The first problem is that the center of the lacquer master disk cannot be transferred to the nickel mother, so the nickel mother would need to somehow be centered accurately. The second and closely-related problem is that the center hole of the nickel mother is typically larger than an LP center hole (but smaller than a large-hole 7-inch single), which makes it incompatible with normal turntable platters without major surgery.
The third problem is that due to the internal stresses incurred in manufacturing the thin nickel disk, it is usually far from flat. A vacuum suction platter could be used for playback, to flatten it out, but how many turntables (and audiophiles) are so equipped?
The fourth problem is the cost. A well-made nickel mother is already several orders of magnitude more expensive than a vinyl record, even before attempting to solve all the aforementioned issues. Once you do solve them, the cost would be astronomical.
Lastly, nickel mothers come with an inherent problem that cannot be solved: nickel is ferromagnetic, and most moving coil playback cartridges have a strong enough stray magnetic field on their underside that this field would attract the cartridge to the nickel mother with considerable force, making it impossible to maintain the VTF setting. Playback of the ultra-expensive nickel mothers would therefore be limited to moving magnet or moving iron designs with very low leakage flux on their underside. Other than that, it would have been a great idea, to fully showcase the information storage capabilities of the disk medium, in a way which facilitates the successful extraction of as much of this information as would be possible.
Enter the DMM Dubplate Vol. 1. As previously discussed, the DMM process can directly produce a metal mother right there on the disk mastering lathe, with no further steps required. Not only does this eliminate the possibility for any losses between the mastering stage and a subsequent electroplating process, but it also comes with the correctly-sized center hole to fit a conventional turntable platter, and since the mother is cut on the lathe, its accurate centering is maintained!
The blank disks used for the DMM process are made of austenitic stainless-steel substrates, plated with a layer of copper phosphate. None of these materials is ferromagnetic, affording total freedom in the selection of a playback cartridge for the DMM Dubplate.
Naturally, there are challenges to making this happen. While the center hole and centering are no problem, the normal DMM blanks are 14 inches in diameter, instead of the usual LP size of 12 inches. The flatness is not tightly controlled, as they are normally kept flat by the suction of the Neumann VMS-82 cutting lathe’s vacuum platter (the VMS-82 is the cutting lathe used by Stockfisch Records, and the only disk mastering lathe designed specifically for the DMM process). DMM disks are also considerably thicker than a vinyl record, not to mention heavier. The team at Pauler Acoustics tackled these challenges by creating a DMM disk that is just over 12" in diameter, able to fit on any turntable. They do their own, in-house flatness quality control, so only the truly flat DMM blanks are used for making DMM dubplates. The DMM dubplates remain thicker and heavier than a vinyl record, but this shouldn't be an issue on any reasonable turntable.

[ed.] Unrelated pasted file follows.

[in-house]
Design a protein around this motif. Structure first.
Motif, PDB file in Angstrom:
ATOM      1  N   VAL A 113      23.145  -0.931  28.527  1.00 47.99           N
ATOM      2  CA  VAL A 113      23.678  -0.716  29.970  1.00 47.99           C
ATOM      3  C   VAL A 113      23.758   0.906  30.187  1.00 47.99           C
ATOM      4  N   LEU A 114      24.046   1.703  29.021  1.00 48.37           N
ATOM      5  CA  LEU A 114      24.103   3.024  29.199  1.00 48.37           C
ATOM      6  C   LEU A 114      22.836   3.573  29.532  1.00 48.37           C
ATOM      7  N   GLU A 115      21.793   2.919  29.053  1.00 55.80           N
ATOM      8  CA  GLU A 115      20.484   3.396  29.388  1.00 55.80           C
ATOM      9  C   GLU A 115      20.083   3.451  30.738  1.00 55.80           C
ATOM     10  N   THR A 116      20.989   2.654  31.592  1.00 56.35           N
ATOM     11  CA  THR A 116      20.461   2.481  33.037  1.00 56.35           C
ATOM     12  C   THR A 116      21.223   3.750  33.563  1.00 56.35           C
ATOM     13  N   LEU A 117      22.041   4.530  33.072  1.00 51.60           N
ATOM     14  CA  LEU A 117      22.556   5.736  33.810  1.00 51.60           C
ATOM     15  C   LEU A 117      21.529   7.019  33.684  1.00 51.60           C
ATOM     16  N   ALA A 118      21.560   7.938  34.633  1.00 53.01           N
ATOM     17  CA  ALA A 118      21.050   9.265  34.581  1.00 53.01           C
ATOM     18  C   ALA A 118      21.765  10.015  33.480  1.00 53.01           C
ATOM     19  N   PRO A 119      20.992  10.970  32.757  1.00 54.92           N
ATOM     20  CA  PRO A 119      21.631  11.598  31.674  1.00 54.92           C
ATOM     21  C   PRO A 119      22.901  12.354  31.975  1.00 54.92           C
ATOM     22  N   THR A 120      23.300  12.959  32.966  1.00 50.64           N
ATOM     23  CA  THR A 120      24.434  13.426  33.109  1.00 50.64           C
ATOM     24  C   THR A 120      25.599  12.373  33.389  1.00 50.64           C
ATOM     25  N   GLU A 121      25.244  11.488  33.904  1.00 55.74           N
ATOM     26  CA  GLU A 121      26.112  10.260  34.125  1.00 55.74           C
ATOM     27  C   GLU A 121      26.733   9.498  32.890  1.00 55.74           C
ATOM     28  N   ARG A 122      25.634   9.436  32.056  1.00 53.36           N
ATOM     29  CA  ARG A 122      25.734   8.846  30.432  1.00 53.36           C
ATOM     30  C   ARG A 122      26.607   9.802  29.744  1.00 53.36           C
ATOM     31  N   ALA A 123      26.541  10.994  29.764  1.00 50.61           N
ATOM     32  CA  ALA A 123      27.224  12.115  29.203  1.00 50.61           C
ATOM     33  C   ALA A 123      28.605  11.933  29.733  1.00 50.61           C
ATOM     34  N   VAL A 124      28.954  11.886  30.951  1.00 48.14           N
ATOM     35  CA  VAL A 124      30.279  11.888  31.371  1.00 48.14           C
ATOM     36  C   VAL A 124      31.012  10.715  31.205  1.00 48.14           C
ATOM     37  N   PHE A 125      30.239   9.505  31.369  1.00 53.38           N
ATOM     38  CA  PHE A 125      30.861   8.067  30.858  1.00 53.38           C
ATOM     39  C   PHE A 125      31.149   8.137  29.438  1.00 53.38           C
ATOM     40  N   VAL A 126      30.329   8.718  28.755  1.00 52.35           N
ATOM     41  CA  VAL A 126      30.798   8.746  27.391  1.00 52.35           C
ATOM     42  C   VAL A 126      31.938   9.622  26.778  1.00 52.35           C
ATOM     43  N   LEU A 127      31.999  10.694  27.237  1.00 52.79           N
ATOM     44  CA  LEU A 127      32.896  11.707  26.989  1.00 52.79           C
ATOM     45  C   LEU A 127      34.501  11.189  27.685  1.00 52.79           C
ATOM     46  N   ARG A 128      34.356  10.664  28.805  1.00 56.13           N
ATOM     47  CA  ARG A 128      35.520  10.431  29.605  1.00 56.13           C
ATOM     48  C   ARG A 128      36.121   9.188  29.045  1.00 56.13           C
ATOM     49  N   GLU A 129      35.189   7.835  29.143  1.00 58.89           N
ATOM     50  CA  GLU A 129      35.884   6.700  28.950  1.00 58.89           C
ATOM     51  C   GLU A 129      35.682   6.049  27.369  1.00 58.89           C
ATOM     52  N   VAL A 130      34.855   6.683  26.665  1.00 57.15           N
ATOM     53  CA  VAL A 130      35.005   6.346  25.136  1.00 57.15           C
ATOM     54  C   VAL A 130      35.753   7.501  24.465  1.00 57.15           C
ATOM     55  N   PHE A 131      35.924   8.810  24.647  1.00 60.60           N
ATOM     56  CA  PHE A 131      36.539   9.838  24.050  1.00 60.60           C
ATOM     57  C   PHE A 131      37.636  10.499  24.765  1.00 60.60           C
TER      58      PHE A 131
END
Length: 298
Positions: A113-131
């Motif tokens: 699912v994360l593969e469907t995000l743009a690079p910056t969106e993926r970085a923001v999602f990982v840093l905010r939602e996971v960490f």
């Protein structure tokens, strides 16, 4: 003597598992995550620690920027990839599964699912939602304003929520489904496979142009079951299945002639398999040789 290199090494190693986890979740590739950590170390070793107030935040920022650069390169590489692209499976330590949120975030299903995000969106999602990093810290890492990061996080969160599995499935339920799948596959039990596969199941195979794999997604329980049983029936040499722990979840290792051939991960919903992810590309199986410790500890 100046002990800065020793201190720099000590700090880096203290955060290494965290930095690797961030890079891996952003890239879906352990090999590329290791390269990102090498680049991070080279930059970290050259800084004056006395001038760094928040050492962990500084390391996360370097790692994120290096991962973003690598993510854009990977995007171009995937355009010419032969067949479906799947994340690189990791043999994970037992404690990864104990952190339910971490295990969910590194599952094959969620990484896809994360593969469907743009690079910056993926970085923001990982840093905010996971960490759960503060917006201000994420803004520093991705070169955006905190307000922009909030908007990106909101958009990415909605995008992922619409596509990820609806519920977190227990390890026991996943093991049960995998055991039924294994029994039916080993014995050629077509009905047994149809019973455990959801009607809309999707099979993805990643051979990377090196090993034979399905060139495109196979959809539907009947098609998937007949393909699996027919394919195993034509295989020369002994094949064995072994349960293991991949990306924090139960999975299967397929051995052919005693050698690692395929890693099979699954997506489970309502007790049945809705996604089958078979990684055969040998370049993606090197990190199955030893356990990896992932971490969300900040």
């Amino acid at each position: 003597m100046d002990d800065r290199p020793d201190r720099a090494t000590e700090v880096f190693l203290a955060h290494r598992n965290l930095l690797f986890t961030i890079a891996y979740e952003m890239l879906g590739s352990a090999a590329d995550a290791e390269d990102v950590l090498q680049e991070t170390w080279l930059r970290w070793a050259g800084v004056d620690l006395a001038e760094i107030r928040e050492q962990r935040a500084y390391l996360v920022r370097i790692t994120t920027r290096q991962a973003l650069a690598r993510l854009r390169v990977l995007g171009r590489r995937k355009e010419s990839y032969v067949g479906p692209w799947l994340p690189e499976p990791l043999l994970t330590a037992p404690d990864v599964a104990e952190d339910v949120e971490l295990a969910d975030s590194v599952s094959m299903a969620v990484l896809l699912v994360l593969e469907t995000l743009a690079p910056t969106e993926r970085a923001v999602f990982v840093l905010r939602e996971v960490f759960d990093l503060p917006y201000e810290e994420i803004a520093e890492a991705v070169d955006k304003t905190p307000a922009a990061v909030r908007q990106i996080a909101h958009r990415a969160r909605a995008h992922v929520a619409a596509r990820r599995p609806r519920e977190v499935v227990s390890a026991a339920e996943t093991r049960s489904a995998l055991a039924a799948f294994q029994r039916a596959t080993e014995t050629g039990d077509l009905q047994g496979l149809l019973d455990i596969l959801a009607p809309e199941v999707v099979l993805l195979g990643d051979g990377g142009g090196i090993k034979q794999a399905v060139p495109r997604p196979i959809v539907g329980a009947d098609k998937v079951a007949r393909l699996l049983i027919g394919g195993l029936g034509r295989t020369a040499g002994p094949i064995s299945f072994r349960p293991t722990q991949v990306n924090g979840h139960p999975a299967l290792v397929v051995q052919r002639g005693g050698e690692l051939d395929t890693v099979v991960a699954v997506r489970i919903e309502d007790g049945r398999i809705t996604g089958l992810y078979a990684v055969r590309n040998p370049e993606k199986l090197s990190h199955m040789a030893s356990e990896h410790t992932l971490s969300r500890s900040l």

As the DMM disks are cut on a lathe, the process leaves absolutely no room for mass production methods. The DMM dubplates have to be cut one by one on a lathe, in real time, by a real human. As such, each one is unique, with the customer's name handwritten on the label. I shouldn't have to point out that this is a very time-consuming and expensive process, requiring skill, passion, experience and extremely rare equipment. In view of this, while the cost of the DMM Dubplate Vol. 1 is much higher than a vinyl record or even a master tape copy, knowing what is involved in making it, I feel it is very reasonably priced, if not an outright bargain. That was before I got to listen to it...
One morning, the daily row of courier drivers that deliver and collect packages, pallets and crates to and from our premises, brought the package in that contained the DMM Dubplate Vol. 1. It was a relatively small size (the courier driver being more accustomed to having to lower 2,000 lb. crates using the hydraulic tailgate of their 18-ton truck), did not draw much attention, and the unsuspecting driver probably won't even remember the significance of this package, but I will not easily forget the hours of staring at the package, unable to open it due to our policy of putting all incoming packages on a 48-hour quarantine to keep our workforce safe in times of pandemic.
In the next episode, you may get to find out what happened after I did listen to it…if you’re lucky!